However, some conditions (e.g. Barrett’s Oesophagus) require long term treatment, therefore please do not change doses or stop treatment unless you have discussed this with your GP.

Options for stepping down treatment

If you are suitable for stepping down or stepping off treatment, your doctor will discuss with you which approach would suit you best:

  1. “Take when needed” treatment. You only take a PPI occasionally when you have symptoms.
  2. Short courses of treatment If your symptoms return, a short course of PPI may be prescribed for two to four weeks.
  3. Reducing dose: The dose is reduced to the lowest effective dose. This can be done gradually over a few weeks.
  4. Stopping altogether (step off): If you are on a high dose, your doctor can prescribe a lower dose for you to take over four weeks until you reach the lowest dose, and eventually, you may be able to stop altogether. For example: Lansoprazole 30mg→15mg→ stop Omeprazole 40mg → 20mg → 10mg → stop
  5. Alternative treatment: An alginate and/or antacid may be recommended or prescribed, especially if you have rebound symptoms in the first few weeks of stepping down or off. You should always leave at least an hour between taking an antacid and a PPI because antacids can make PPIs less effective.

It is important that you continue to follow our advice on lifestyle and diet to keep your symptoms at bay.

How to use Lansoprazole

Swallow the capsules whole with a glass of water, with or without food, take once daily (single daily dose) and at the same time each day. The dose you take and for how long depends on what you are being treated for and your doctor’s recommendation.

Missed dose If you miss a dose take it as soon as you remember unless it is time to take the next dose, then skip the missed dose. Do not take a double dose.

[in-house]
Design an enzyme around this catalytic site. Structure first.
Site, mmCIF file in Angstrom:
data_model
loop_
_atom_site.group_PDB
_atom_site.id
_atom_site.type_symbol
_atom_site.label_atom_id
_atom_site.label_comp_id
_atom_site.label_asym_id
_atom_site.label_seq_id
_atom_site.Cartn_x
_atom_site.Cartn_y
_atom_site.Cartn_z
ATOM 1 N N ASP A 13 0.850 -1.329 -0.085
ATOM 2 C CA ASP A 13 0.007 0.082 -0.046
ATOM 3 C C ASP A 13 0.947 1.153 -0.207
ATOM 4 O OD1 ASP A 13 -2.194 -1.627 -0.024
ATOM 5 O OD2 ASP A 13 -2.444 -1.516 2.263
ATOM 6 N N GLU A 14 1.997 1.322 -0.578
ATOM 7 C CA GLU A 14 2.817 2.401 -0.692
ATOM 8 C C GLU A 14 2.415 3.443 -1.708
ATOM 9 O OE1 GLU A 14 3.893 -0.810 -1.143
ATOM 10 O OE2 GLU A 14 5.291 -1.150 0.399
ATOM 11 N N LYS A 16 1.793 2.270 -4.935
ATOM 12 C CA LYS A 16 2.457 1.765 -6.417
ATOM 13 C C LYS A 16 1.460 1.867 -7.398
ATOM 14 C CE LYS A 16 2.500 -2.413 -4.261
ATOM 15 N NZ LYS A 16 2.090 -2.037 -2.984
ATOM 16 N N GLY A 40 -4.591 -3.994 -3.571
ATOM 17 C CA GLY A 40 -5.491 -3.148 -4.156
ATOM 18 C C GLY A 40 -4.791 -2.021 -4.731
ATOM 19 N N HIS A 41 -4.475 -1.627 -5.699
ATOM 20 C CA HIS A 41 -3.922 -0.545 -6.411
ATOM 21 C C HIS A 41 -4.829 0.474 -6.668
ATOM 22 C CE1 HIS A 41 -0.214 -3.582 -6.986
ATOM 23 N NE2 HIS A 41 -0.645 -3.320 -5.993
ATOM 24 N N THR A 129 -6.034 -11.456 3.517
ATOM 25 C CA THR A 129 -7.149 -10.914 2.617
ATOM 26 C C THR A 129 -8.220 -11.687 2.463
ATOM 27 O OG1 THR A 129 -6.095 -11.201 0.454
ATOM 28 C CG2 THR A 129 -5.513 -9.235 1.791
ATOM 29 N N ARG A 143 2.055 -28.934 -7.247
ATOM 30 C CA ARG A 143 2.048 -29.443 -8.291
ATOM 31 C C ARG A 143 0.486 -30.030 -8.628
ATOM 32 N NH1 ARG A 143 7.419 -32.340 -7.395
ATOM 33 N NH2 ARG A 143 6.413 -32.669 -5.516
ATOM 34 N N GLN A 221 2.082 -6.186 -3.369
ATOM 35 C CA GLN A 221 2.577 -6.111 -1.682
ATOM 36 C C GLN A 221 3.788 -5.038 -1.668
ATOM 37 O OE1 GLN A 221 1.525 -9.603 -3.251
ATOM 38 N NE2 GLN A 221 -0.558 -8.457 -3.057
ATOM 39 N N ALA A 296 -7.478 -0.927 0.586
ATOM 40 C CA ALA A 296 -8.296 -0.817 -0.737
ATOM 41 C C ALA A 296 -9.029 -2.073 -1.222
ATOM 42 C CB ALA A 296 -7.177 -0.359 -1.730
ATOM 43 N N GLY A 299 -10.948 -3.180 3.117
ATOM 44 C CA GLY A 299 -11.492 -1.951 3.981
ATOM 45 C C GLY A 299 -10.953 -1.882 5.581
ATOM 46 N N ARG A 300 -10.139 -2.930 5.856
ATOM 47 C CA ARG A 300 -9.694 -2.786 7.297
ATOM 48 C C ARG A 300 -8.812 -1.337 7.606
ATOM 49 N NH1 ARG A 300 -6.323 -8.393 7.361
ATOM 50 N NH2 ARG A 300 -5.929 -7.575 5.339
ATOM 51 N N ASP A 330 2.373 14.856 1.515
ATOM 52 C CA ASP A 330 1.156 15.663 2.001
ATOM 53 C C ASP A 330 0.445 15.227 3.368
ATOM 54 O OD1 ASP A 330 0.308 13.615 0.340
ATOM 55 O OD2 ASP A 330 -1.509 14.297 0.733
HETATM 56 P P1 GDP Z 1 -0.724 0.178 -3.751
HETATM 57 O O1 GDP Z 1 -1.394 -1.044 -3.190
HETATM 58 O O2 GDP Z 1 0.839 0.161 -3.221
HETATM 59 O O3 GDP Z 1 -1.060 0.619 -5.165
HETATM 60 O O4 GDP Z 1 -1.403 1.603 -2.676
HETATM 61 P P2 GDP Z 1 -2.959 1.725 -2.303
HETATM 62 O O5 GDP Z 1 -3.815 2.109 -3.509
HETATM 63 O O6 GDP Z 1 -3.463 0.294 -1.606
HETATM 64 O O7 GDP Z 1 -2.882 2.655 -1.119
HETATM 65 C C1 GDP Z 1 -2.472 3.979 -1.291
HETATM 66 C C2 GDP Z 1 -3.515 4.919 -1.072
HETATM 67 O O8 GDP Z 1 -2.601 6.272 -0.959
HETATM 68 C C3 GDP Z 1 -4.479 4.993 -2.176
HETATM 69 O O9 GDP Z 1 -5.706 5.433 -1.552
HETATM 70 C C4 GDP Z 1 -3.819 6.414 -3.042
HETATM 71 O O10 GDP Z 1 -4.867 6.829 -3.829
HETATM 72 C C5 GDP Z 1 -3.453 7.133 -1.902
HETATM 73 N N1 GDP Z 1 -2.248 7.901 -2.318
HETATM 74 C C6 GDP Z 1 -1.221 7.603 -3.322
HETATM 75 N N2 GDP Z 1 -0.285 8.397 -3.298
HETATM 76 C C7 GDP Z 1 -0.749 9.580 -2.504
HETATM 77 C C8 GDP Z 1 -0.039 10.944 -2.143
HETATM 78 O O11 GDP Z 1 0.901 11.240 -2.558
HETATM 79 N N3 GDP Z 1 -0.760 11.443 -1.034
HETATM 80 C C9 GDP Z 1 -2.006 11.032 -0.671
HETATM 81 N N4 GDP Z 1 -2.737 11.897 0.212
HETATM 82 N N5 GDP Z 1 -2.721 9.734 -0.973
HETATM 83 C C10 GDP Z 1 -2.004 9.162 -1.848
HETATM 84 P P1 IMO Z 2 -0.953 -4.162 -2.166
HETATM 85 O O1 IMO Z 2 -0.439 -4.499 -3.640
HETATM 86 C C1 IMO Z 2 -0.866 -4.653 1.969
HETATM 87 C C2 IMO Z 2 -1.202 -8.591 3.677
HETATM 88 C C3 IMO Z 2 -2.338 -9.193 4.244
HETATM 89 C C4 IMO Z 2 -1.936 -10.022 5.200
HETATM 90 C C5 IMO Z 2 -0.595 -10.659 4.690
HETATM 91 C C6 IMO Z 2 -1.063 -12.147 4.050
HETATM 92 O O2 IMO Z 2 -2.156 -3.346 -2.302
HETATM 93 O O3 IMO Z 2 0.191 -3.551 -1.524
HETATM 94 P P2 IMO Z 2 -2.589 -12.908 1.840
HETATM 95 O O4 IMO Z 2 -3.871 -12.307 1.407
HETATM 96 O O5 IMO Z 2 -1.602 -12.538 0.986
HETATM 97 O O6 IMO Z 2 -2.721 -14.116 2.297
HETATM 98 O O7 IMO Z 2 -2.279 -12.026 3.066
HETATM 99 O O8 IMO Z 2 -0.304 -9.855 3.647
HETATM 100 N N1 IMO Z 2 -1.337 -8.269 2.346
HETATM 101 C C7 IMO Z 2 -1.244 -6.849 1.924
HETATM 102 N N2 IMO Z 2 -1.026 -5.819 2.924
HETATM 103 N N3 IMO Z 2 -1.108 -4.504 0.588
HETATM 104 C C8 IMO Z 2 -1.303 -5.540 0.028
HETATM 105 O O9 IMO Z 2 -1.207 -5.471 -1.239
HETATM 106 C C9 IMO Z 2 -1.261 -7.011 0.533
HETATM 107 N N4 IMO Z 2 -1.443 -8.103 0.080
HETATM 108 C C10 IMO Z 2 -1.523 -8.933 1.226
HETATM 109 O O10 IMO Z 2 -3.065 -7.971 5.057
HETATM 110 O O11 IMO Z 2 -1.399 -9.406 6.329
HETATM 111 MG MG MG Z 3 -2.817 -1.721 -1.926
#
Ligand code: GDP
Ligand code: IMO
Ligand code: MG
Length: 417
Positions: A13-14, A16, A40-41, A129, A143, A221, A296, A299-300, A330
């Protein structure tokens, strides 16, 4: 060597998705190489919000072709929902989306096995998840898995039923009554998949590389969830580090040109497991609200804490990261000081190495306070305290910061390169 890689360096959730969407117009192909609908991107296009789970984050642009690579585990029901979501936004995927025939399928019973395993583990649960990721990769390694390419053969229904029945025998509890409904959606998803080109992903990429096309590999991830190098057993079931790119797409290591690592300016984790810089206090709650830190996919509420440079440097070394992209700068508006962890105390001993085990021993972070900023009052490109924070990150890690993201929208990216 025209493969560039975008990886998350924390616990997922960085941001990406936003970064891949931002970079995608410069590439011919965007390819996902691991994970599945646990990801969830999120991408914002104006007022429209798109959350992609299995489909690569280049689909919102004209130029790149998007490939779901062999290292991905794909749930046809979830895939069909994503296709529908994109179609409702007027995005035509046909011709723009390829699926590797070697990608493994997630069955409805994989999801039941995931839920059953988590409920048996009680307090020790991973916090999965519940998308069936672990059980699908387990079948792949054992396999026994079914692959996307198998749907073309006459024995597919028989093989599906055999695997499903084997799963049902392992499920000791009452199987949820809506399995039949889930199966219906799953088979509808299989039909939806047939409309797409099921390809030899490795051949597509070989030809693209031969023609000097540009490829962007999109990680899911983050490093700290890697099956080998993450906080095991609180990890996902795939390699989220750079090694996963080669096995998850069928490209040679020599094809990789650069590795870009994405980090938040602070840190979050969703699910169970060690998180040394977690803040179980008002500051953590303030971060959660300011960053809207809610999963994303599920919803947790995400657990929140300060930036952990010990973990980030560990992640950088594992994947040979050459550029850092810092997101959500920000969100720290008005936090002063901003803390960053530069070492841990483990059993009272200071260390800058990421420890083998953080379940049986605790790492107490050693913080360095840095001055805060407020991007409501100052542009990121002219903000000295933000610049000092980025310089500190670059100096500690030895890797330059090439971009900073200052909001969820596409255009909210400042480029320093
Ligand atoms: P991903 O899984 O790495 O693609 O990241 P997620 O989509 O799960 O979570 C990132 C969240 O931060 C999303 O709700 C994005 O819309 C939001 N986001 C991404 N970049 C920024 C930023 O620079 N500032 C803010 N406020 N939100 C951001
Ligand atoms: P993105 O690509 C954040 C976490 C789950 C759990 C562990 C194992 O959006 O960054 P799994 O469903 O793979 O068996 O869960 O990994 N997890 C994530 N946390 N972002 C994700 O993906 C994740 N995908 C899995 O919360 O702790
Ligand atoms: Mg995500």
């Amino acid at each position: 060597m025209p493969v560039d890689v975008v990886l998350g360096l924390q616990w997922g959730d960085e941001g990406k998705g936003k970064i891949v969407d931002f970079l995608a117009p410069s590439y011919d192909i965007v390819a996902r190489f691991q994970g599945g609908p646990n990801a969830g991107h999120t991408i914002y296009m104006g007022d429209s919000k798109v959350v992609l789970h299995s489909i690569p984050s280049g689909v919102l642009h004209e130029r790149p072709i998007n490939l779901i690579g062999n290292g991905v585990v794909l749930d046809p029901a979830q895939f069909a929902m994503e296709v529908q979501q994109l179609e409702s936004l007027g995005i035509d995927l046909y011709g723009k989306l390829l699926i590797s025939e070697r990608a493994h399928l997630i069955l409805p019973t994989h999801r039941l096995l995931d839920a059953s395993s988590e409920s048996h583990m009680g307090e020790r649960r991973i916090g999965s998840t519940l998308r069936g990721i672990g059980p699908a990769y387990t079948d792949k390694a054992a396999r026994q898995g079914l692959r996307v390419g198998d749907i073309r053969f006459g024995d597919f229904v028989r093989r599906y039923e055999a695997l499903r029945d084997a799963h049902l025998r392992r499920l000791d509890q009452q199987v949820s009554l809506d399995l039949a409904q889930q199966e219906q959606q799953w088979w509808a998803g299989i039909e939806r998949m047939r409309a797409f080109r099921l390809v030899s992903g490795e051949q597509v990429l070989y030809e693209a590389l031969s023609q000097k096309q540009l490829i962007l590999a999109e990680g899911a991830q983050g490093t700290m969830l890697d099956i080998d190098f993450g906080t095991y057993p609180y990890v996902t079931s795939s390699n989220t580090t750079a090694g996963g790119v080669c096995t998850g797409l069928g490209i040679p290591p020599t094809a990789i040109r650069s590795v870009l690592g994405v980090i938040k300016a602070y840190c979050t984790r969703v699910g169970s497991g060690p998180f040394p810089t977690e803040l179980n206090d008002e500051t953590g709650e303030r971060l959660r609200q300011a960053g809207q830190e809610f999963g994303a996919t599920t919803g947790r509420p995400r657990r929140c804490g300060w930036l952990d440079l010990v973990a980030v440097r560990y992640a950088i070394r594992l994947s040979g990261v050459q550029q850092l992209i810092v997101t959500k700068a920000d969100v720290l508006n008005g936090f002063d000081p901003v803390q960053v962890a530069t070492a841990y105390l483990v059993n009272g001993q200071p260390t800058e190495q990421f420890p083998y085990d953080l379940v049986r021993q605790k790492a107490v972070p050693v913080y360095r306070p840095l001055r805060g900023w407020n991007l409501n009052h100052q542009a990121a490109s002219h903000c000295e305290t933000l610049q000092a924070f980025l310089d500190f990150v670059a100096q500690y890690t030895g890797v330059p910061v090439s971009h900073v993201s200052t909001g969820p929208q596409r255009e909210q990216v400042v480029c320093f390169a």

How should Lansoprazole capsules be stored?

You should store your Lansoprazole capsules 30mg below 25°C in a cool dry place.

Are there alternatives to the capsule?

Lansoprazole is available as a dispersible tablet (lansoprazole orodispersible).

Side effects & precautions

The possible side effects are usually mild and reversible, they include:

  • Constipation
  • Diarrhoea
  • Wind
  • Feeling sick
  • Vomiting
  • Headaches

Long-term use of PPIs may cause other side effects:

Increased risk of certain gastrointestinal infections e.g. Clostridium difficile Observational studies show an increased risk of developing osteoporosis (a condition that affects bones) and bone fractures.

Reporting of side effects If you get any side effects talk to your doctor or pharmacist. This includes any possible side effects listed on the attached leaflet. You can also report side effects directly via the internet at www.mhra.gov.uk/yellowcard. By reporting side effects, you can help provide more information on the safety of this medicine.